Will be analyzed after log-transformation."
It appears data for primary endpoint should be gathered 6 weeks following final patient recruitment and analyzed after log-transformation. What's that mean?
Thanks for all your great replies, Ernie!
"I wanted to revisit these statements as they are the closest we have to date wrt a positive overall survival signal." Here is my perspective on mouse results. Judah Folkman was the discoverer of the angiogenesis phenomenon associated with carcinogenesis. He helped found Entremed as a commercial enterprise to exploit his discovery. Entremed eventually held a press conference to announce their startling preclinical results, in a mouse model one of their most promising antiangiogenesis drug had completely cleared implanted tumor tissue. It made headlines and many speculated that a possible cure was at hand. The stock of Entremed ran to $100+ in 2000. Unfortunately, the startling rodent results did not translate into the clinic and none of Entremed's drugs ever made it out of clinical development. Adjusting for reverse splits the pps is now 1 cent. That is one example of many rodent studies that led nowhere and I chased a few of those myself.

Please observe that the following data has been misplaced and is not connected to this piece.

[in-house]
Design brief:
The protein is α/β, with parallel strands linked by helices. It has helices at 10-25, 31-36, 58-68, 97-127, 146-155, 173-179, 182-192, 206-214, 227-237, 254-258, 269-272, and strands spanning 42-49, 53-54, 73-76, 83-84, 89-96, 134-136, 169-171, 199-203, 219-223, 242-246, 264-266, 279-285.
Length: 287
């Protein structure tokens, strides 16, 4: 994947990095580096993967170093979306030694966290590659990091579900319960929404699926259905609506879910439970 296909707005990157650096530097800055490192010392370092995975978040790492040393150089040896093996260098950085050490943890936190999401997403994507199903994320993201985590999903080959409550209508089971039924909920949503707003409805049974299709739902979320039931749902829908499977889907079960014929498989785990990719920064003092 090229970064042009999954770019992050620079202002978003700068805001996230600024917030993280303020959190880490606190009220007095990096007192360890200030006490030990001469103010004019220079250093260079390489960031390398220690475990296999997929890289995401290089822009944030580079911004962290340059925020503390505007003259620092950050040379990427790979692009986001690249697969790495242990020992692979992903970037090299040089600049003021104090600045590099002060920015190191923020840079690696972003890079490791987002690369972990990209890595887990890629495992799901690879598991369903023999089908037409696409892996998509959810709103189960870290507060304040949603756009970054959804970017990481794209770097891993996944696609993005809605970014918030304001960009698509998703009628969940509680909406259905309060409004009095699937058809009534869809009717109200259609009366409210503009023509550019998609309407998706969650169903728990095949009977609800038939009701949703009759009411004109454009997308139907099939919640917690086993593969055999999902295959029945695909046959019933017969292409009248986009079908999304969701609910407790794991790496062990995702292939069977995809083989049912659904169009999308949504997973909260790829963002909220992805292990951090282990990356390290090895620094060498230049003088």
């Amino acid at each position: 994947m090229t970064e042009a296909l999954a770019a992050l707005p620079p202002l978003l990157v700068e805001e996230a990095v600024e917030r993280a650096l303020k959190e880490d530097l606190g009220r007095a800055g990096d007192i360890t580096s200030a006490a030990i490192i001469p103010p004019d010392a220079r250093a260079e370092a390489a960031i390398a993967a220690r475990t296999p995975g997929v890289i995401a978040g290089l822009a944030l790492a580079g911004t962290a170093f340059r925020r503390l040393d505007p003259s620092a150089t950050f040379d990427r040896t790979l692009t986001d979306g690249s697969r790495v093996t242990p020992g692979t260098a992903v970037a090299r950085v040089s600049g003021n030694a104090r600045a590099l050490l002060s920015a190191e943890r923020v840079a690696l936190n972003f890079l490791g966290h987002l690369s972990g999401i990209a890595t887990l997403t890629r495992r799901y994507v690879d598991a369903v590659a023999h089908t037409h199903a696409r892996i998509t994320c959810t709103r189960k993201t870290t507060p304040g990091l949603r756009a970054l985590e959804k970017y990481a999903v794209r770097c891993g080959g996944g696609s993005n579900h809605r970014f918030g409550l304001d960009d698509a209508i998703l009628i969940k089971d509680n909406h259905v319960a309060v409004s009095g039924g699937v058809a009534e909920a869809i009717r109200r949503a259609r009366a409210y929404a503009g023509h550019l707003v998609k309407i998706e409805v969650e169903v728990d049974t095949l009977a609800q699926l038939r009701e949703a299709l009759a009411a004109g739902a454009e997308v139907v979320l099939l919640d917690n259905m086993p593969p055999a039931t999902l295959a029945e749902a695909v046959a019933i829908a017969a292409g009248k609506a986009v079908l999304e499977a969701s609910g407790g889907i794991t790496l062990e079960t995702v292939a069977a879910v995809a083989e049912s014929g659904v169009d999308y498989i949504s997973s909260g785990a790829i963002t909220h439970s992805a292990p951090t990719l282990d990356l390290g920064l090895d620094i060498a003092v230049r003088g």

Don't get me wrong, I think Comet is the real deal. I just have learned not to put much weight on mouse results. The mouse model is great for weeding out drugs that are ineffective or overly toxic, but efficacy signals in the mouse model do not always translate well, in fact they frequently do not. The Folkman story has a happy ending, Even though Entremed was not able to exploit his discovery, other companies have, and in fact, Comet as a VEGF inhibitor owes its existance to Dr. Folkman's work.
"The mouse model is great for weeding out drugs that are ineffective or overly toxic, but efficacy signals in the mouse model do not always translate well, in fact they frequently do not."
Interesting that so many of Cabo's valuable pharmacokinetic attributes have crossed the barrier from lab to clinic...or am I missing something? The UCSF newsletter that covered this study's publication was the same in which Dr McDonald (wrt Cabo's apparent synergy when comparing MET/VEGF combinations) was quoted as saying "With cabozantinib, 2 + 2 = 10"...which might even be said to have proven somewhat predictive of the low-dose efficacy we have since witnessed.
Thanks for the history lesson, Ernie.
Transition from paradigms.
Pharmacology and toxicology
CFR 312.23 (A) (8)
All biomarkers were shown predictive.
CFR 312.23 (A) (11) pre evaluation.
It's documented that the team was ready for questions and give more data than just abbreviated to the FDA on animal data than just providing probable bio markers.
" - Liver metastases were completely absent in animals treated with cabozantinib."
This statement is particularly compelling, as Dr McDonald's preclinical work had been conducted in mouse models affected by pancreatic neuroendocrine tumors, which maintain a historic precedence of metastasis to the liver. This would seem to potentially bode well for the PanC Cabo trials already in progress.